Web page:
THE BIKE HAS been ripped at its limb. The tightening of screws and mild hammering is music on an otherwise unexciting afternoon in a basement garage where a group of interns have gathered around the bike with spanners and wrenches. They are tucking in an IGT, Intelligent Gear Transmission, near the pedal of the bike, which once installed would transform the bike into a gearless one. The motorcycle’s gears will now shift automatically as you apply the clutch, and with no loss of performance. The device that effects this transformation come as two boxes, the size of a palm and fist, and was conceived in the incubator of Startup Village by Vivek Mohan and Alfred Johnson. Mohan, the 24-year-old CEO of Bisko Labs, calls the venture “a way of redefining everyday devices that dominate our life” and his product “the next big change in the automobile industry”
On a modified Hero Glamour, fitted with an IGT for Rs 3,500, Mohan had toured the National Institute of Design, Ahmedabad, to give students there a demonstration. The excitement among them, he says, gave him a greater high than even the ‘Best Project at World Science Congress on Research and Innovations’ medallion nailed to his drawing room wall. “We already have over 3,000 pre-orders and get at an average ten enquires every week, but selling it as is wouldn’t work because of insurance issues—a bike once modified does not qualify for insurance, and this is why we refrained from marketing the product as is. We published the patent this July and are now already in talks with different big players and OEMs (Original Equipment Manufacturers) like Bosch and Tech Mahindra to take this further,” he says.
The humble Bajaj Chetak cough starts on the courtyard of Mohan’s childhood memories: followed by a bundle of happy faces, his young cousins take turns to get onto the scooter, clutching the handle tight, imitating hoarse honks, pretending to change gears—once a noisy and integral part of the experience, almost the crux of two-wheeler riding knowhow.
For their business idea, Mohan and Johnson took their cue from a change in market sentiment. For most riders today, gear shifting is just a burden, an extra job for a foot they’d rather have free. “An IGT is able to shift gears within 40 milliseconds so that any manual mis-shift gets corrected by the device itself,” he says, “You can drive the vehicle very easily even in heavy traffic. You can have your gear shifting foot free once the device is installed.”
Mohan is part of a new wave of entrepreneurs capitalising on change as India and its people’s relationship with technology reshape themselves. But aptitude often is not enough. The road to success is paved with brilliant ideas that fail the test of market acceptance.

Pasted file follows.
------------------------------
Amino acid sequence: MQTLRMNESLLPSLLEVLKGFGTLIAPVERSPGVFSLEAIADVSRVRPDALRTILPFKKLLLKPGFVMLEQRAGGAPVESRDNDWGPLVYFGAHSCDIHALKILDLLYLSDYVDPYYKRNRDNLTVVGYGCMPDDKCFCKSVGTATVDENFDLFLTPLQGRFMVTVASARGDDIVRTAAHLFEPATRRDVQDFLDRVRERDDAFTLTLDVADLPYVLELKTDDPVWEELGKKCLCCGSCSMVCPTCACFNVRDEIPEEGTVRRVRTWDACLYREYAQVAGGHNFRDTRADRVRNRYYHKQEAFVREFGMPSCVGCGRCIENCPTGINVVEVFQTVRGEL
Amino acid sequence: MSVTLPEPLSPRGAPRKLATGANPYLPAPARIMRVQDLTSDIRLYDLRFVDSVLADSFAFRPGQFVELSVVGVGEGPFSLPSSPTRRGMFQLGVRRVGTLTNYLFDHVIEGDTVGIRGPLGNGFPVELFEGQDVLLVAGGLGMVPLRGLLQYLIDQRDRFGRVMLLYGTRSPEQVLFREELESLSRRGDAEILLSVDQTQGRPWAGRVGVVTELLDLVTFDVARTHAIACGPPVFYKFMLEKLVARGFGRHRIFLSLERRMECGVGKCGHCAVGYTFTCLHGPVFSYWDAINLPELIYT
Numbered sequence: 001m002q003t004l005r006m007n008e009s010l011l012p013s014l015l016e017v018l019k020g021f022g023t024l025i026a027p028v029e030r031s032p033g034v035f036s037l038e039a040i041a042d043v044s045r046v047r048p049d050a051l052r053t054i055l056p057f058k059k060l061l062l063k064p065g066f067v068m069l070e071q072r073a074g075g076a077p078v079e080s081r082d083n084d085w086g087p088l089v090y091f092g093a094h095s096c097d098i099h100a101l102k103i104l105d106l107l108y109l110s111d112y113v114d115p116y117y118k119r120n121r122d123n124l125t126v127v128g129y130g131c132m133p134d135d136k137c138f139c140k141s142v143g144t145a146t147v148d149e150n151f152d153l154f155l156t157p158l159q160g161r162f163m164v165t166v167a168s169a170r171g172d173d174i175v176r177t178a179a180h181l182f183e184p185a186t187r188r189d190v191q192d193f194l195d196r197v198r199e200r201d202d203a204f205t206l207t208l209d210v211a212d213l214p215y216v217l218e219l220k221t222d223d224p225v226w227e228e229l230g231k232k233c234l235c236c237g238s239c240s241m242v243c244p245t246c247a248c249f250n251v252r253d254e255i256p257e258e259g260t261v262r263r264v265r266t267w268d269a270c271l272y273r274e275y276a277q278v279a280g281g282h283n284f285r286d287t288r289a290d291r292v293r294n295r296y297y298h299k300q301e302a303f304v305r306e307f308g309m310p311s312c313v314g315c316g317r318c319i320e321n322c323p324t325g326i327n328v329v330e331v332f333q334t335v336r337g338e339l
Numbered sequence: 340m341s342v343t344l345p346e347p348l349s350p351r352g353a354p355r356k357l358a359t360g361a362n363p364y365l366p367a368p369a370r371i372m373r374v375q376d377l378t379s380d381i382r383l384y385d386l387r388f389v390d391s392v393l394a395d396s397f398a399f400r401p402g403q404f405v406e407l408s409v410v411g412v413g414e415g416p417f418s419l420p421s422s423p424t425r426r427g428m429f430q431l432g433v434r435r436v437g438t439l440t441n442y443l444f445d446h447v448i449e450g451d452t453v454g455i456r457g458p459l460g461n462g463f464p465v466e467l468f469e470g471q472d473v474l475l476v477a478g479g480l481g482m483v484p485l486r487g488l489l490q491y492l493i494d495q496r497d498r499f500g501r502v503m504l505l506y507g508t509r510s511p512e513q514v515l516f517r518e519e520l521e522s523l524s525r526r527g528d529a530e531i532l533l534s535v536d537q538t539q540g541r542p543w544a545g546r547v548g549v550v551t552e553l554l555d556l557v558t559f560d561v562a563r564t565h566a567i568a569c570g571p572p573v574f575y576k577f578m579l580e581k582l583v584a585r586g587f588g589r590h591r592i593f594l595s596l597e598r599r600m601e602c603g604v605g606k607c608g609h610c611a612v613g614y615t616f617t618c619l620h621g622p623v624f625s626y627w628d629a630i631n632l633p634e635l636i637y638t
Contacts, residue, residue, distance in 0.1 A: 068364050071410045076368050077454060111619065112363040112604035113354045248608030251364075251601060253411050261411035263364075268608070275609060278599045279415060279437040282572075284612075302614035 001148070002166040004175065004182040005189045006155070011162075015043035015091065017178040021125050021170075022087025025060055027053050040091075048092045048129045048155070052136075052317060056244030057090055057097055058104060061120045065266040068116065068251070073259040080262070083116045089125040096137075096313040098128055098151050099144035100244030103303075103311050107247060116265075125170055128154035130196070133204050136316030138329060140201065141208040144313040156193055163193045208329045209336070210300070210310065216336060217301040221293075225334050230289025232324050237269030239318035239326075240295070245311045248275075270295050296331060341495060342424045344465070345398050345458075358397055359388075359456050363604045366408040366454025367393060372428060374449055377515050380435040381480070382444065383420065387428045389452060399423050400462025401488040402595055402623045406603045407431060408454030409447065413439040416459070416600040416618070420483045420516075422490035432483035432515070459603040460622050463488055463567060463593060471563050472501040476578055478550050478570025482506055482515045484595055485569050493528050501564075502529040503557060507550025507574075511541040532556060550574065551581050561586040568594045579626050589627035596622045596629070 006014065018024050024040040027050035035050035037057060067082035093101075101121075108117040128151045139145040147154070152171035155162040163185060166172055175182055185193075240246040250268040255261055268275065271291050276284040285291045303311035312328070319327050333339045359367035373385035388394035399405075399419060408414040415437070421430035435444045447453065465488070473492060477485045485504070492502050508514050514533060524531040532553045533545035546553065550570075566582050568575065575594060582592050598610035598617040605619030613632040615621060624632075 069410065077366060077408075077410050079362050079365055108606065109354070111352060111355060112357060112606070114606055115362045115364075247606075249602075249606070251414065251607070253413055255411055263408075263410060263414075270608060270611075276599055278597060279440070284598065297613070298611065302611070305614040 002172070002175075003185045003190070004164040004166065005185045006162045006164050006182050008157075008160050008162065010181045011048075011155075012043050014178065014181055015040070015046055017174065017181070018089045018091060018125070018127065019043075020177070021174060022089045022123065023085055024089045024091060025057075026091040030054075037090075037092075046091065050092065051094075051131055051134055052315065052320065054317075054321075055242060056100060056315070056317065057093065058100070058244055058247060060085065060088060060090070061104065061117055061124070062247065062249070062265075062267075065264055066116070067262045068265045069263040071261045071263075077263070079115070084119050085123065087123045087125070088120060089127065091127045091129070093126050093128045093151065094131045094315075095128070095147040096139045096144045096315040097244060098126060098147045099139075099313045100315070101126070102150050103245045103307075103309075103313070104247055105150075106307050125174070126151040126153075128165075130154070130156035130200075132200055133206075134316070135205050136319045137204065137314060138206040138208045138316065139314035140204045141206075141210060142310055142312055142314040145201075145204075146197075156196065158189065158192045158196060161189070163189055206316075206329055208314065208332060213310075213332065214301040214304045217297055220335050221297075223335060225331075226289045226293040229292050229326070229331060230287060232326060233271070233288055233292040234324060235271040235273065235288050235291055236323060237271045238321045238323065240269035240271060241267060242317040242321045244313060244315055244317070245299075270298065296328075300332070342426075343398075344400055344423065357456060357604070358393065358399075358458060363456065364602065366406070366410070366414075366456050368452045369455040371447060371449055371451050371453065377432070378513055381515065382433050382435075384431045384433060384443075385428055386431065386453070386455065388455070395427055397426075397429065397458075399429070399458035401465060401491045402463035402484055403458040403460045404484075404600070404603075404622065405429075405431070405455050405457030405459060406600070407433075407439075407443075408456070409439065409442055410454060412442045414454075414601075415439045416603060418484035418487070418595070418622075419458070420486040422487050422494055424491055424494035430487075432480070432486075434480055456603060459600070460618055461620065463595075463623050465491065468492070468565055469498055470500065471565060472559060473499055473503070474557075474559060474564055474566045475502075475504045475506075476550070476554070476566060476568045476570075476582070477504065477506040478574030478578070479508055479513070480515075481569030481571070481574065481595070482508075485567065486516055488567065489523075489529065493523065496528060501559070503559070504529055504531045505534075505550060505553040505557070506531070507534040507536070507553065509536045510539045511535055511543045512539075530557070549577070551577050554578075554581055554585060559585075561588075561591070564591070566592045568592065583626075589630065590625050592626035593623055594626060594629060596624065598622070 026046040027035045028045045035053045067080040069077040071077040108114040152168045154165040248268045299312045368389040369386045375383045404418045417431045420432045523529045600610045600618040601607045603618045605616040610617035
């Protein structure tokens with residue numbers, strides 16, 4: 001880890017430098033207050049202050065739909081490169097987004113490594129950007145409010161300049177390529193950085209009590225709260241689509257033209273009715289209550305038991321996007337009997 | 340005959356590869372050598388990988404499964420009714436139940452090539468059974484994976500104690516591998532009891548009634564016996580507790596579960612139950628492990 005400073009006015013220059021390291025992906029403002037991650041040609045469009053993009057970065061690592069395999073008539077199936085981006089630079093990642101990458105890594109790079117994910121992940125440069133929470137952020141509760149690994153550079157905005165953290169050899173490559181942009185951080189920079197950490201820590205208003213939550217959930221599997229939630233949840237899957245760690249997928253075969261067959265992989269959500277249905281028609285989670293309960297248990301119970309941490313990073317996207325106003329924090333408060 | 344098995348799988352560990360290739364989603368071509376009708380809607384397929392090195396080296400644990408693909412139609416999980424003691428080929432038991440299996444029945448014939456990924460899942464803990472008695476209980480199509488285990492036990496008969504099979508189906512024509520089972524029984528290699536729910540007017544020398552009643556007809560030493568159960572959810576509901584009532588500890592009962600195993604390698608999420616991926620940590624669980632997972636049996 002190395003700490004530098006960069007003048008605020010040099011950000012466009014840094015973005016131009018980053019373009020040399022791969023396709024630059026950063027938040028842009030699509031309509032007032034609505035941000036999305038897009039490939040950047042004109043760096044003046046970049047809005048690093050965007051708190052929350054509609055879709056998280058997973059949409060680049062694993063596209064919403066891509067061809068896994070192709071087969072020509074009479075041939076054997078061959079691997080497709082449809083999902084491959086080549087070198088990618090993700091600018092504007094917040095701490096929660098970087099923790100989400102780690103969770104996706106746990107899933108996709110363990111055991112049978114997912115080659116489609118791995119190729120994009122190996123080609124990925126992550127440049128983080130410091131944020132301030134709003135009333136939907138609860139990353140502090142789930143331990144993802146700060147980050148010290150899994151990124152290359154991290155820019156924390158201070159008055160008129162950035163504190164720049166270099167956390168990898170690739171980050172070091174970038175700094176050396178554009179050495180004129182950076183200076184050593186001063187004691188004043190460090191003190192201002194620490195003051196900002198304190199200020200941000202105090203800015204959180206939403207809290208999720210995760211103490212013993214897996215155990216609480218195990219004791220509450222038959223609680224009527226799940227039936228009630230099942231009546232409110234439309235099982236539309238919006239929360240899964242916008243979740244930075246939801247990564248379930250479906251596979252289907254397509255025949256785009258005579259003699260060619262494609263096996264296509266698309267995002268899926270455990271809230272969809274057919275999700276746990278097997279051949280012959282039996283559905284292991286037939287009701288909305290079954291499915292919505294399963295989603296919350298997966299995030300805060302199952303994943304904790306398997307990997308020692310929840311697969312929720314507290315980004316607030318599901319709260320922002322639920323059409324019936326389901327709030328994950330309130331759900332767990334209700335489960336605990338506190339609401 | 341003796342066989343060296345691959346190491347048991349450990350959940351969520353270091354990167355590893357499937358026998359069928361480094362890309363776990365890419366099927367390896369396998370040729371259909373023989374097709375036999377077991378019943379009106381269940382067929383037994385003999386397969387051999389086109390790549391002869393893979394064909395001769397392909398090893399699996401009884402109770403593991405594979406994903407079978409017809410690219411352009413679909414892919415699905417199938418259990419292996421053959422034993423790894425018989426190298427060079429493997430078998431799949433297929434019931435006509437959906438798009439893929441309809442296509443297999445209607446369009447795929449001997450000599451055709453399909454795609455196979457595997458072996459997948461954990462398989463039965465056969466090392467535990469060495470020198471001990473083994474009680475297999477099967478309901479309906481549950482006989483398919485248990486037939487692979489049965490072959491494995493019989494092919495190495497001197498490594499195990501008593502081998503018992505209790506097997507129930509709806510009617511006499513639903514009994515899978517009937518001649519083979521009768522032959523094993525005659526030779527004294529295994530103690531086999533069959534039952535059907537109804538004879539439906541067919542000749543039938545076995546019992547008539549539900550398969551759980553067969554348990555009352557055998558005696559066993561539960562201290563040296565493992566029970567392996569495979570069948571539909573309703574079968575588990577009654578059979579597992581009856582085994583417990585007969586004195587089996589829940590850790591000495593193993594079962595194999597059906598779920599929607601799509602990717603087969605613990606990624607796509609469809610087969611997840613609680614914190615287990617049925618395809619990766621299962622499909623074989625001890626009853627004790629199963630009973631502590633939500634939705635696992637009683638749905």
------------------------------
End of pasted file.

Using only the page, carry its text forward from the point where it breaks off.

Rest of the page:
His quest for novelty goes back to his student days. On a monotonous morning in his college hostel at Cochin University of Science and Technology, Kerala, Mohan was sitting on his bed next to a senior who was rocking a metal chair. It was yet another strike day at their college, academic life as usual in Kerala, and they were discussing a pen that would reform digital typing for regional languages. Would it work? It was best given a try. They kickstarted a friend’s bike and took a 15-minute ride to the office of Startup Village in Kalamasherry in Ernakulam. “The idea was simple,” says Mohan, “If you’d draw the Malayalam letter ‘pa’, it would be automatically typed in as ‘pa’ in Unicode. It would help digitalise Malayalam literature and prove beneficial for other regional languages as well.”
Even though this wonder pen never took flight, the trip ensured that Mohan never had to work under a boss. He filled up an application requesting an incubator at the Startup Village. Straight out of college, Mohan and two of his friends set up an incubation centre named after one of the trio’s grandfather’s nickname. Bisko Labs, established two years ago and angel-funded by Guerrilla Ventures of Ritesh Malik, focuses on the development of hardware innovations to redefine everyday life.
IT IS 2012. A group of bikers overtakes the car and Mohan’s parents meet with an accident. The father hurts his leg and is advised bed rest. Back at home, the son pulls forward a chair, a laptop and conjures what sounds like magic. Lying on his bed, with just the motion of his hands, the father can switch the light off and on. “This was developed using Kinect and Arduino,” says Mohan, “I have plans to design a virtual navigation system that will allow a person to take control of an entire house from a single position.”
I never took up a regular job. No bosses, no intrusions